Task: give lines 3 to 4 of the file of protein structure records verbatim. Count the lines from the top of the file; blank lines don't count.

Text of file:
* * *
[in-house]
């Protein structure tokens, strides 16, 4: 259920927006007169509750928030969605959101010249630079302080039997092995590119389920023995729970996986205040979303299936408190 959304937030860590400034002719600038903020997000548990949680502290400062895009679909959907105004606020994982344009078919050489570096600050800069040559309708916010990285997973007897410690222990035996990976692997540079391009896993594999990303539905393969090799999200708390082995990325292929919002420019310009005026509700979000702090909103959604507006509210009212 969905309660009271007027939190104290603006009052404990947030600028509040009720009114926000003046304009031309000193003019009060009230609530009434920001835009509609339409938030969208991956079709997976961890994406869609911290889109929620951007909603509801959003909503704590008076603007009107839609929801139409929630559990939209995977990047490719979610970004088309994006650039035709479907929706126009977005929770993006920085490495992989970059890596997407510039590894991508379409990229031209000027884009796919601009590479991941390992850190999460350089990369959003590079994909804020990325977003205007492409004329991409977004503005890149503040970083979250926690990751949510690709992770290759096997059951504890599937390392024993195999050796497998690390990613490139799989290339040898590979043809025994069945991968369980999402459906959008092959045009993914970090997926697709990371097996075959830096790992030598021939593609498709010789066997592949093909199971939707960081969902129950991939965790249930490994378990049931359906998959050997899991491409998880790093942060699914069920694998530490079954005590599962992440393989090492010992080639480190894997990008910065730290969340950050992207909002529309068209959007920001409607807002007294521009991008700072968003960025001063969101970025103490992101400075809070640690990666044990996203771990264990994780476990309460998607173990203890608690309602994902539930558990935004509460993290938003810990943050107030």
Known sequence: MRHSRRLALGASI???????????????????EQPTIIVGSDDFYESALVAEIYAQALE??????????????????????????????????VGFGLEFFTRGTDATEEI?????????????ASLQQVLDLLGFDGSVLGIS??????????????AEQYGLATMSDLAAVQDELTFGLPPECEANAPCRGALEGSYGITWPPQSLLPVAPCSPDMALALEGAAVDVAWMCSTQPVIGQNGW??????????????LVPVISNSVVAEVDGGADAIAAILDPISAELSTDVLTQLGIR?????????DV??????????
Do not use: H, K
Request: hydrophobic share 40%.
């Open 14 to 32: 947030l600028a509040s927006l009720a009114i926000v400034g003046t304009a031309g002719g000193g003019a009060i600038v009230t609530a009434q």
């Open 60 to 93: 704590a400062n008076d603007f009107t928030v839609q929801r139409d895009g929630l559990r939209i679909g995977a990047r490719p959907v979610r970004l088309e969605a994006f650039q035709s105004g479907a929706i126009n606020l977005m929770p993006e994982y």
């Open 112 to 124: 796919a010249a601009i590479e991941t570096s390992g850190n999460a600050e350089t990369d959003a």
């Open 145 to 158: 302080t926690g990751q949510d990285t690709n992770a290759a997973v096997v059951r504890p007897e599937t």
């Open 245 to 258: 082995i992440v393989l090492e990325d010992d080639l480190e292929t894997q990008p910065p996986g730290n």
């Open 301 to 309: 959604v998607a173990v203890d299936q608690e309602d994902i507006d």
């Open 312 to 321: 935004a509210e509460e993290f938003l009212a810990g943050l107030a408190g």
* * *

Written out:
Known sequence: MRHSRRLALGASI???????????????????EQPTIIVGSDDFYESALVAEIYAQALE??????????????????????????????????VGFGLEFFTRGTDATEEI?????????????ASLQQVLDLLGFDGSVLGIS??????????????AEQYGLATMSDLAAVQDELTFGLPPECEANAPCRGALEGSYGITWPPQSLLPVAPCSPDMALALEGAAVDVAWMCSTQPVIGQNGW??????????????LVPVISNSVVAEVDGGADAIAAILDPISAELSTDVLTQLGIR?????????DV??????????
Do not use: H, K